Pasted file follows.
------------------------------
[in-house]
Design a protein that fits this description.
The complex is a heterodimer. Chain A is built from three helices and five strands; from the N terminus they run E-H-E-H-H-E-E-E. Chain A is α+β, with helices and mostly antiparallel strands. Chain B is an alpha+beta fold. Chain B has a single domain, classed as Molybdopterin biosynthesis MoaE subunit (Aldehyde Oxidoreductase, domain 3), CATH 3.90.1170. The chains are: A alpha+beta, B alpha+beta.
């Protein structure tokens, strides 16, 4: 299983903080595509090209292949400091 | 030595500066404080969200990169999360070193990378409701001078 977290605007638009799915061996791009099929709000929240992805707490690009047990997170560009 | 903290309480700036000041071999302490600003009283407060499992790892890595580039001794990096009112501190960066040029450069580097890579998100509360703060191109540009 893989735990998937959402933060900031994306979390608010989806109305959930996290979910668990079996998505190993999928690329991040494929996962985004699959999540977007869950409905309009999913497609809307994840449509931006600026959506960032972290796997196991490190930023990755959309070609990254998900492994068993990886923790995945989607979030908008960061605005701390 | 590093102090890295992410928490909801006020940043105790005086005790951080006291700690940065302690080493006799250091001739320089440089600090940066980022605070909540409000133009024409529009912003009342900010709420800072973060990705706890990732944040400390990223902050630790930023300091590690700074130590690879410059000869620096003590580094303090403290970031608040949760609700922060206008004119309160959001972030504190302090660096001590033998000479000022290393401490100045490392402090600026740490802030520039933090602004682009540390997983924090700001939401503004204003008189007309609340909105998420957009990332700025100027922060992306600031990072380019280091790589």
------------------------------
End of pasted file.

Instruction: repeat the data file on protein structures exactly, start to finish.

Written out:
[in-house]
Design a protein that fits this description.
The complex is a heterodimer. Chain A is built from three helices and five strands; from the N terminus they run E-H-E-H-H-E-E-E. Chain A is α+β, with helices and mostly antiparallel strands. Chain B is an alpha+beta fold. Chain B has a single domain, classed as Molybdopterin biosynthesis MoaE subunit (Aldehyde Oxidoreductase, domain 3), CATH 3.90.1170. The chains are: A alpha+beta, B alpha+beta.
């Protein structure tokens, strides 16, 4: 299983903080595509090209292949400091 | 030595500066404080969200990169999360070193990378409701001078 977290605007638009799915061996791009099929709000929240992805707490690009047990997170560009 | 903290309480700036000041071999302490600003009283407060499992790892890595580039001794990096009112501190960066040029450069580097890579998100509360703060191109540009 893989735990998937959402933060900031994306979390608010989806109305959930996290979910668990079996998505190993999928690329991040494929996962985004699959999540977007869950409905309009999913497609809307994840449509931006600026959506960032972290796997196991490190930023990755959309070609990254998900492994068993990886923790995945989607979030908008960061605005701390 | 590093102090890295992410928490909801006020940043105790005086005790951080006291700690940065302690080493006799250091001739320089440089600090940066980022605070909540409000133009024409529009912003009342900010709420800072973060990705706890990732944040400390990223902050630790930023300091590690700074130590690879410059000869620096003590580094303090403290970031608040949760609700922060206008004119309160959001972030504190302090660096001590033998000479000022290393401490100045490392402090600026740490802030520039933090602004682009540390997983924090700001939401503004204003008189007309609340909105998420957009990332700025100027922060992306600031990072380019280091790589």